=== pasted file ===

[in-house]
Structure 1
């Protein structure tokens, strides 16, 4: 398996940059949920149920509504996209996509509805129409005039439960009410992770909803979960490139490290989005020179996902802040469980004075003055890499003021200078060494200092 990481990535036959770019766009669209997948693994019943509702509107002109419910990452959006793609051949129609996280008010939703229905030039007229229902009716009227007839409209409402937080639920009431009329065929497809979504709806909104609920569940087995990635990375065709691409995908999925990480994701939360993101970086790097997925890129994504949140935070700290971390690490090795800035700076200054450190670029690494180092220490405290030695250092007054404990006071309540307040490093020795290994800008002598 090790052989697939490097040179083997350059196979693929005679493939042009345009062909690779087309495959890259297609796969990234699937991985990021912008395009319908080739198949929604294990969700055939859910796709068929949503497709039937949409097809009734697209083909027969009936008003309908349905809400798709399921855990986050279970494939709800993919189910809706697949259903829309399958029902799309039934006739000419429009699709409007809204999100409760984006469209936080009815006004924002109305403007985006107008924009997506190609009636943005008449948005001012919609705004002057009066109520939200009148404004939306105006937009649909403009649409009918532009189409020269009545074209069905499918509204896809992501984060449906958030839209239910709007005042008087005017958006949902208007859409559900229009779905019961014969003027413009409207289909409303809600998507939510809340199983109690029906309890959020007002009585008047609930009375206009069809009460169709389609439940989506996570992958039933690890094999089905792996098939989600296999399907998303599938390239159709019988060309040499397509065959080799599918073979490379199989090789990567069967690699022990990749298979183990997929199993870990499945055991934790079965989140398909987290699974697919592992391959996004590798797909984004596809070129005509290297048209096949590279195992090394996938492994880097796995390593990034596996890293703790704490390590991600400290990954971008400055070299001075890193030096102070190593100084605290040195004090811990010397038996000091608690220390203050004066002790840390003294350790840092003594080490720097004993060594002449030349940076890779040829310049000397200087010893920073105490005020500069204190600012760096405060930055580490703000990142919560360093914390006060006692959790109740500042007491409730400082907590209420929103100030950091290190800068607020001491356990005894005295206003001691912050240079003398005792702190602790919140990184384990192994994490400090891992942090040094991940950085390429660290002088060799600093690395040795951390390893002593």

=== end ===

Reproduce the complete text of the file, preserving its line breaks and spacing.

[in-house]
Structure 1
């Protein structure tokens, strides 16, 4: 398996940059949920149920509504996209996509509805129409005039439960009410992770909803979960490139490290989005020179996902802040469980004075003055890499003021200078060494200092 990481990535036959770019766009669209997948693994019943509702509107002109419910990452959006793609051949129609996280008010939703229905030039007229229902009716009227007839409209409402937080639920009431009329065929497809979504709806909104609920569940087995990635990375065709691409995908999925990480994701939360993101970086790097997925890129994504949140935070700290971390690490090795800035700076200054450190670029690494180092220490405290030695250092007054404990006071309540307040490093020795290994800008002598 090790052989697939490097040179083997350059196979693929005679493939042009345009062909690779087309495959890259297609796969990234699937991985990021912008395009319908080739198949929604294990969700055939859910796709068929949503497709039937949409097809009734697209083909027969009936008003309908349905809400798709399921855990986050279970494939709800993919189910809706697949259903829309399958029902799309039934006739000419429009699709409007809204999100409760984006469209936080009815006004924002109305403007985006107008924009997506190609009636943005008449948005001012919609705004002057009066109520939200009148404004939306105006937009649909403009649409009918532009189409020269009545074209069905499918509204896809992501984060449906958030839209239910709007005042008087005017958006949902208007859409559900229009779905019961014969003027413009409207289909409303809600998507939510809340199983109690029906309890959020007002009585008047609930009375206009069809009460169709389609439940989506996570992958039933690890094999089905792996098939989600296999399907998303599938390239159709019988060309040499397509065959080799599918073979490379199989090789990567069967690699022990990749298979183990997929199993870990499945055991934790079965989140398909987290699974697919592992391959996004590798797909984004596809070129005509290297048209096949590279195992090394996938492994880097796995390593990034596996890293703790704490390590991600400290990954971008400055070299001075890193030096102070190593100084605290040195004090811990010397038996000091608690220390203050004066002790840390003294350790840092003594080490720097004993060594002449030349940076890779040829310049000397200087010893920073105490005020500069204190600012760096405060930055580490703000990142919560360093914390006060006692959790109740500042007491409730400082907590209420929103100030950091290190800068607020001491356990005894005295206003001691912050240079003398005792702190602790919140990184384990192994994490400090891992942090040094991940950085390429660290002088060799600093690395040795951390390893002593």